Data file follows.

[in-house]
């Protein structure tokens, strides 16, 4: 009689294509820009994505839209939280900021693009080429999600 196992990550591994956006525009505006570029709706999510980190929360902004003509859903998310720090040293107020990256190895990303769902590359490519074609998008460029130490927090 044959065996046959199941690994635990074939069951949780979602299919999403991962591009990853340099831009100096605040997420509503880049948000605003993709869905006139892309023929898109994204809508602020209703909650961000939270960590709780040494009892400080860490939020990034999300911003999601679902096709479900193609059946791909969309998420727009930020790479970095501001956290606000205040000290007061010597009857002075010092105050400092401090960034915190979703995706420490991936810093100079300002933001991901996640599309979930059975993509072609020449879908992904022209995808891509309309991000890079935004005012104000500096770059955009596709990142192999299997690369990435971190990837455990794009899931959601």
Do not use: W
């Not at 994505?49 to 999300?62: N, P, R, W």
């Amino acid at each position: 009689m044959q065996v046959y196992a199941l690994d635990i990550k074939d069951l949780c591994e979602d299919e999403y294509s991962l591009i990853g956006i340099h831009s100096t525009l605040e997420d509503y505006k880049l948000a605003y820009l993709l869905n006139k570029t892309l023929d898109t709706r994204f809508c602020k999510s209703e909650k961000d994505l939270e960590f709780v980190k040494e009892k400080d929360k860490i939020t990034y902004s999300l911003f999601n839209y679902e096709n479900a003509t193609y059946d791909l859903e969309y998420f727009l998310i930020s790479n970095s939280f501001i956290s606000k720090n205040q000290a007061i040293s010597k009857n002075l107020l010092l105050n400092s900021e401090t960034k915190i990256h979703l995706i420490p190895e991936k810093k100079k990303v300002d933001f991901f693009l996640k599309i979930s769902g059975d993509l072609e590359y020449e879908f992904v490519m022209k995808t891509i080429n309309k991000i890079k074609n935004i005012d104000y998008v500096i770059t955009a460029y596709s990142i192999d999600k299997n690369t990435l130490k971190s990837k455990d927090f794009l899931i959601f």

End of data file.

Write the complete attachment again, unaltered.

[in-house]
């Protein structure tokens, strides 16, 4: 009689294509820009994505839209939280900021693009080429999600 196992990550591994956006525009505006570029709706999510980190929360902004003509859903998310720090040293107020990256190895990303769902590359490519074609998008460029130490927090 044959065996046959199941690994635990074939069951949780979602299919999403991962591009990853340099831009100096605040997420509503880049948000605003993709869905006139892309023929898109994204809508602020209703909650961000939270960590709780040494009892400080860490939020990034999300911003999601679902096709479900193609059946791909969309998420727009930020790479970095501001956290606000205040000290007061010597009857002075010092105050400092401090960034915190979703995706420490991936810093100079300002933001991901996640599309979930059975993509072609020449879908992904022209995808891509309309991000890079935004005012104000500096770059955009596709990142192999299997690369990435971190990837455990794009899931959601």
Do not use: W
């Not at 994505?49 to 999300?62: N, P, R, W």
């Amino acid at each position: 009689m044959q065996v046959y196992a199941l690994d635990i990550k074939d069951l949780c591994e979602d299919e999403y294509s991962l591009i990853g956006i340099h831009s100096t525009l605040e997420d509503y505006k880049l948000a605003y820009l993709l869905n006139k570029t892309l023929d898109t709706r994204f809508c602020k999510s209703e909650k961000d994505l939270e960590f709780v980190k040494e009892k400080d929360k860490i939020t990034y902004s999300l911003f999601n839209y679902e096709n479900a003509t193609y059946d791909l859903e969309y998420f727009l998310i930020s790479n970095s939280f501001i956290s606000k720090n205040q000290a007061i040293s010597k009857n002075l107020l010092l105050n400092s900021e401090t960034k915190i990256h979703l995706i420490p190895e991936k810093k100079k990303v300002d933001f991901f693009l996640k599309i979930s769902g059975d993509l072609e590359y020449e879908f992904v490519m022209k995808t891509i080429n309309k991000i890079k074609n935004i005012d104000y998008v500096i770059t955009a460029y596709s990142i192999d999600k299997n690369t990435l130490k971190s990837k455990d927090f794009l899931i959601f």